A Midwest July brings us a variety of lovely wildflowers with great names: black-eyed Susan, butterfly milkweed, compass plant, prairie blazing star, royal catchfly, mountain mint, green milkweed, swamp milkweed, wild bergamot, and yarrow to name a few. This means that bees, the most amazing insects of all, are having a heyday.
Among pollinators the bee has to take the prize for its ability to evoke awe and wonder from homo sapiens. After reading The Dancing Beesby Karl von Frisch, my love of bees blossomed. Von Frisch was an extraordinary, Nobel Prize-winning Austrian scientist who designed amazing experiments leading to the discovery of the language of bees. Maybe you already know a lot about bees, but this July when you observe bees be wowed anew by these facts von Frisch discovered. While you do so, question the meaning of human superiority.
Bees communicate both direction and distance to other members of the hive with their “dancing” movements, no “words” needed.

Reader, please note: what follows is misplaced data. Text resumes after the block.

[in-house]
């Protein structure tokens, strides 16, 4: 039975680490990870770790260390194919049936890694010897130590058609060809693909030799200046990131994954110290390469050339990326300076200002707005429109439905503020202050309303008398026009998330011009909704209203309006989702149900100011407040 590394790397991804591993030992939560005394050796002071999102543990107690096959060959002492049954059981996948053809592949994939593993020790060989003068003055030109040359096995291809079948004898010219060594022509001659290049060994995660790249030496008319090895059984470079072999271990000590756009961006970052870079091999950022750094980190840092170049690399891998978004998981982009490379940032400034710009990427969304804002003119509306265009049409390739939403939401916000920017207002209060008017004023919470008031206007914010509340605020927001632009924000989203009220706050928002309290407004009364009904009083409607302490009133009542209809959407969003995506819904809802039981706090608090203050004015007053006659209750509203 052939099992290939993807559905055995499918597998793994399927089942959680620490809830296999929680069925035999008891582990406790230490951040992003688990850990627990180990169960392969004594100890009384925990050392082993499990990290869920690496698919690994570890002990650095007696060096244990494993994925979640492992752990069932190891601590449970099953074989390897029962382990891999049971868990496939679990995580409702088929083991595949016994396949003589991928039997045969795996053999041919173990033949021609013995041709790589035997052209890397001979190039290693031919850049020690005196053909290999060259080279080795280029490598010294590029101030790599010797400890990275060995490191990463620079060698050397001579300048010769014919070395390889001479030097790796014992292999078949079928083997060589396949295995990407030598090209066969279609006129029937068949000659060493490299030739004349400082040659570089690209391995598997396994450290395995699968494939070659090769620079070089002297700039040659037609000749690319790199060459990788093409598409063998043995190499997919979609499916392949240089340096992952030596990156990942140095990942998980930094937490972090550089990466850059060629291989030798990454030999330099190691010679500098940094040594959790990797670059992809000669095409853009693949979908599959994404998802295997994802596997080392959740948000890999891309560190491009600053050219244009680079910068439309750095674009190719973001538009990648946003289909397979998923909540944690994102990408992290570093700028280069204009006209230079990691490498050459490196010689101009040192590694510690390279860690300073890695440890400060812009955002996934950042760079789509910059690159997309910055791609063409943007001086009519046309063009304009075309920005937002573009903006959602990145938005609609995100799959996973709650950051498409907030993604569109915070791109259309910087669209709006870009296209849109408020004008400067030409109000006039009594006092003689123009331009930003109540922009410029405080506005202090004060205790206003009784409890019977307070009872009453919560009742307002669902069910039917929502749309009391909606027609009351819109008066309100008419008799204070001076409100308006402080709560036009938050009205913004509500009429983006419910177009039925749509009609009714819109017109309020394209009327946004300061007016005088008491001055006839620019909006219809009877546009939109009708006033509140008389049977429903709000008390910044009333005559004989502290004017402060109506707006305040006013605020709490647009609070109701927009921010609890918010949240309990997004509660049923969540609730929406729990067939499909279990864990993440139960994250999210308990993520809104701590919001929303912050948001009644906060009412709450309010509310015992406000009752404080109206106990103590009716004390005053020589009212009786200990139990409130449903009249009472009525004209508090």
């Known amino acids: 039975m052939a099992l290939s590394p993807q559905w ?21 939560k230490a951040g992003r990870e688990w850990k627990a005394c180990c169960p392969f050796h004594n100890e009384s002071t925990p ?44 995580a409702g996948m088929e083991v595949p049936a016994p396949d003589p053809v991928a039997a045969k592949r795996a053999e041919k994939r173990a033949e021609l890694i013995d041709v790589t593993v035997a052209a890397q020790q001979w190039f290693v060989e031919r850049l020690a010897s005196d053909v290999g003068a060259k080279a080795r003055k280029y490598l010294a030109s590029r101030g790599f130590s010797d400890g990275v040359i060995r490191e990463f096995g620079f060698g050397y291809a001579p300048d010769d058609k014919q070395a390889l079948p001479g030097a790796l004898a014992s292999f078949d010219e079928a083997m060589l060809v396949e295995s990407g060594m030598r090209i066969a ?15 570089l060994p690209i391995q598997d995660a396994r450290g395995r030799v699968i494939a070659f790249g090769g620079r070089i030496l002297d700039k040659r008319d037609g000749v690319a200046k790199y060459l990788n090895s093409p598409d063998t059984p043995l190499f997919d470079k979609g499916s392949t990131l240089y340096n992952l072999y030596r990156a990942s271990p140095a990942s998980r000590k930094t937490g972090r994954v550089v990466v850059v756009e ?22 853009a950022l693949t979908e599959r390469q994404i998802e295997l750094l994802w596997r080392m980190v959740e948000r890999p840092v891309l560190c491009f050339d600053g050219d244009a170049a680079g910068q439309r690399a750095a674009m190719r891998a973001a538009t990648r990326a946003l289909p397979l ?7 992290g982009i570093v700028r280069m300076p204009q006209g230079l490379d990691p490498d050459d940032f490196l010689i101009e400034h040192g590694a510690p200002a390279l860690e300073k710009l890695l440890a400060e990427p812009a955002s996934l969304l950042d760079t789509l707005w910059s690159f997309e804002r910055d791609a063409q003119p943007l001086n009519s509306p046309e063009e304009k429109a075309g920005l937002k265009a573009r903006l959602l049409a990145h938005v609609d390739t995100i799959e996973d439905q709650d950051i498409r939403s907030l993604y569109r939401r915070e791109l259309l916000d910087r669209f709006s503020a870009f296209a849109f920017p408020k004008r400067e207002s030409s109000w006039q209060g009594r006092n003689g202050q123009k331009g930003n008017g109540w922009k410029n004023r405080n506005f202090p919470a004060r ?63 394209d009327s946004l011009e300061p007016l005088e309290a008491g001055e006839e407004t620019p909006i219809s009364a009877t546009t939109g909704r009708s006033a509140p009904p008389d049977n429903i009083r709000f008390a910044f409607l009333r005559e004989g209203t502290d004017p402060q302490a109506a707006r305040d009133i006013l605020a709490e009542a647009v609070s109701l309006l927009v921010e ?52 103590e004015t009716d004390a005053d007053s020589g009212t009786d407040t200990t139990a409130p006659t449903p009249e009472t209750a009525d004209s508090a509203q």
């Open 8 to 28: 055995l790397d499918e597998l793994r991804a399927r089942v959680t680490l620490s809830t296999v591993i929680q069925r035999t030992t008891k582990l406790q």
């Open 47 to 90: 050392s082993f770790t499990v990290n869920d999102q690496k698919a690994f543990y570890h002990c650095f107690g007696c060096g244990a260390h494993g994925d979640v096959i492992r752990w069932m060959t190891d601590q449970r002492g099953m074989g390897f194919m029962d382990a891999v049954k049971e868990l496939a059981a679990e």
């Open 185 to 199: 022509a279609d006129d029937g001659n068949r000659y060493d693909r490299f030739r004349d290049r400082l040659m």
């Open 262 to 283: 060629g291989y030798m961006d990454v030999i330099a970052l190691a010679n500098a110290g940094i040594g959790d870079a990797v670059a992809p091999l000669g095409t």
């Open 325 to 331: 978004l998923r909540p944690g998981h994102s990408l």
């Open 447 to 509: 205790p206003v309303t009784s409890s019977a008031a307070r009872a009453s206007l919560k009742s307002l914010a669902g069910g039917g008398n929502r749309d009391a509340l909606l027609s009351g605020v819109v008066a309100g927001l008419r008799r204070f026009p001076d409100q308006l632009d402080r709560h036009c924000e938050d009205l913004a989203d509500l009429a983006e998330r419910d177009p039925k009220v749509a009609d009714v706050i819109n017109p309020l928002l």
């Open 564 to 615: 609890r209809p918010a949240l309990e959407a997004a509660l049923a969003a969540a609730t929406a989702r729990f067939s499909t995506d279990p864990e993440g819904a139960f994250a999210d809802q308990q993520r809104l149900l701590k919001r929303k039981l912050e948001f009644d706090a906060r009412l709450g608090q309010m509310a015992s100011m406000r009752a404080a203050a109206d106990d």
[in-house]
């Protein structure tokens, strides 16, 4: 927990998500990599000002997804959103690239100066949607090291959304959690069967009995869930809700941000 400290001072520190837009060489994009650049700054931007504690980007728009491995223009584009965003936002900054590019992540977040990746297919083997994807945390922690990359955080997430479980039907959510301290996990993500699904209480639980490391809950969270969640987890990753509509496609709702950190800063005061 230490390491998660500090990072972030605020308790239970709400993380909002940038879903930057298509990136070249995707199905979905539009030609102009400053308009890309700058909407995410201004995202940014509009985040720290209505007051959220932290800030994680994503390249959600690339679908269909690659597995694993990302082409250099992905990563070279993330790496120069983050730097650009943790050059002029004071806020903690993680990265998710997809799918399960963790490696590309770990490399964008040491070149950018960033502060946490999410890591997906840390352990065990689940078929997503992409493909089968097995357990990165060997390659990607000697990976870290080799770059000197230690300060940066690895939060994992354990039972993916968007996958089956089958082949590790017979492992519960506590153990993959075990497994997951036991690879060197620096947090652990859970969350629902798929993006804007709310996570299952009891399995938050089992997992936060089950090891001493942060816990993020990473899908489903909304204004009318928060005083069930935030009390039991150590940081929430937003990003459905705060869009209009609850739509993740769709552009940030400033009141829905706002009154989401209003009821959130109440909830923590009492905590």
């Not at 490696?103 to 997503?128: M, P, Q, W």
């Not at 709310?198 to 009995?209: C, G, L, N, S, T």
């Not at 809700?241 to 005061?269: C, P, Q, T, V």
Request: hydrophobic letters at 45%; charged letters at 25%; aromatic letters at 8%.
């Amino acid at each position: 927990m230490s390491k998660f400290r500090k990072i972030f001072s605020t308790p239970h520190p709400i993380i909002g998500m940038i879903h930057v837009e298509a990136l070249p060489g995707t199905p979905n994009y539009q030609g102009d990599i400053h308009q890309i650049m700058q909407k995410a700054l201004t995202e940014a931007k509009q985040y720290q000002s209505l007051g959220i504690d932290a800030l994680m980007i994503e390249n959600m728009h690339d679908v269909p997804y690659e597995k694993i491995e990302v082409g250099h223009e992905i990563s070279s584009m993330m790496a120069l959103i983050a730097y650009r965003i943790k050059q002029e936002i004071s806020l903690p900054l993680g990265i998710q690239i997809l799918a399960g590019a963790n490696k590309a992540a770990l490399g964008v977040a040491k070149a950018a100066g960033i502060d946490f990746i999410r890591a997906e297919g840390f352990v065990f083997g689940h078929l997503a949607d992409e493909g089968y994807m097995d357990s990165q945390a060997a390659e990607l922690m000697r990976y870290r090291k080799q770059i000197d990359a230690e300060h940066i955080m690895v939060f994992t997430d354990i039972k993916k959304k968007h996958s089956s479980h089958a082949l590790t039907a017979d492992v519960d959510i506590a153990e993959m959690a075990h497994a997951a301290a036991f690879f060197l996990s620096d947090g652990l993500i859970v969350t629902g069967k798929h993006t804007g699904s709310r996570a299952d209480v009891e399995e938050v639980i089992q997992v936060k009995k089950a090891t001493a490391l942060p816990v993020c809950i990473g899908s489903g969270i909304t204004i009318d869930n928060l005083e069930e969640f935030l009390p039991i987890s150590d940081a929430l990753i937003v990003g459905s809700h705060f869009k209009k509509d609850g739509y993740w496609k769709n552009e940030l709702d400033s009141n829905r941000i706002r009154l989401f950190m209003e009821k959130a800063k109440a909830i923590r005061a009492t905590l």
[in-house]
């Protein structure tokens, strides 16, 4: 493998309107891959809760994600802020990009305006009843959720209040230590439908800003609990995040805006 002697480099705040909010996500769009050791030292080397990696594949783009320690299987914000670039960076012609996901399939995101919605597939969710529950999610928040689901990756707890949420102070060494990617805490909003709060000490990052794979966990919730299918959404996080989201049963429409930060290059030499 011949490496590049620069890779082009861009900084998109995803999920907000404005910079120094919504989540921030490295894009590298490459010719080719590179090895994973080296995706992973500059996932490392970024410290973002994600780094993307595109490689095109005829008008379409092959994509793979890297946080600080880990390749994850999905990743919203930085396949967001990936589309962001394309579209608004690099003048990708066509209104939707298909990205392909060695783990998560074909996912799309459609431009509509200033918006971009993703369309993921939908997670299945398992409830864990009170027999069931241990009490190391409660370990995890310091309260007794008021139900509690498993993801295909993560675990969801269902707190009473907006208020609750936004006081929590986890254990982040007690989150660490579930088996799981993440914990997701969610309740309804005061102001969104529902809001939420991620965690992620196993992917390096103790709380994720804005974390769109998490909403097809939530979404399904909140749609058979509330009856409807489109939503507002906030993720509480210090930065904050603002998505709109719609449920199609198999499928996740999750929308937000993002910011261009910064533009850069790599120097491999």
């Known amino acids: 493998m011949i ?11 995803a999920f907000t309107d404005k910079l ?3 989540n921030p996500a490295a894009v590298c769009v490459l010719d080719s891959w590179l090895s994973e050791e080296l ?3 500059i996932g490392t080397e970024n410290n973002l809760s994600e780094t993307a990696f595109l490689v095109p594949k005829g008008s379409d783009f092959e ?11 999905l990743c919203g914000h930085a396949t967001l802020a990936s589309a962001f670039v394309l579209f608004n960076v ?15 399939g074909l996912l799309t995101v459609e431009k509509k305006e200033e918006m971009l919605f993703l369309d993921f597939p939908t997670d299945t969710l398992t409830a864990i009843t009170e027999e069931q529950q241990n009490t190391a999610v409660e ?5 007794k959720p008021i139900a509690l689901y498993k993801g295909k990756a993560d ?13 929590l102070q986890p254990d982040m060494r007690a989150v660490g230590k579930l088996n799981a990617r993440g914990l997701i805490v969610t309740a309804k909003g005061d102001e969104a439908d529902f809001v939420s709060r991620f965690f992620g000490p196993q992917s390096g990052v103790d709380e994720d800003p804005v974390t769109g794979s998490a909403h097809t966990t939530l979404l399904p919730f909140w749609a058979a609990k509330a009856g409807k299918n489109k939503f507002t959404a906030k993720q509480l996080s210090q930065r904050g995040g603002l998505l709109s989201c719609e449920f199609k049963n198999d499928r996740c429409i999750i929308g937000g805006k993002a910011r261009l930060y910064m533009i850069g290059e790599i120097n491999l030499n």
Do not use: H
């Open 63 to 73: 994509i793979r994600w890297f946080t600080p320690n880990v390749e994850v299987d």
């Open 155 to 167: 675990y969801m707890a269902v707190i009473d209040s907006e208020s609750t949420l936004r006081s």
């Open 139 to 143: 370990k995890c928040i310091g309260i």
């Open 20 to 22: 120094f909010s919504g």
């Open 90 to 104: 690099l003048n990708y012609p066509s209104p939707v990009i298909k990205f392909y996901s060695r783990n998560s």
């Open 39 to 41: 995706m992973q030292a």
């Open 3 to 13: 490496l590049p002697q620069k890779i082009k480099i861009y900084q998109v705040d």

Bees navigate through the air by using the sun as a compass, and on the two days each year when the sun is directly overhead, THEY REST! How smart is that?
Bees see color and are extremely sensitive to smell. Using these skills and directed by a scout, bees go to a specific flower where they collect pollen to bring back to the hive.
Bees have an internal clock and rely on their own good sense of time.
Karl von Frisch has been added to my list of ecological heroes and is a source of inspiration.“The bee’s life is like a magic well: the more you draw from it, the more it fills with water” – Karl Von Frisch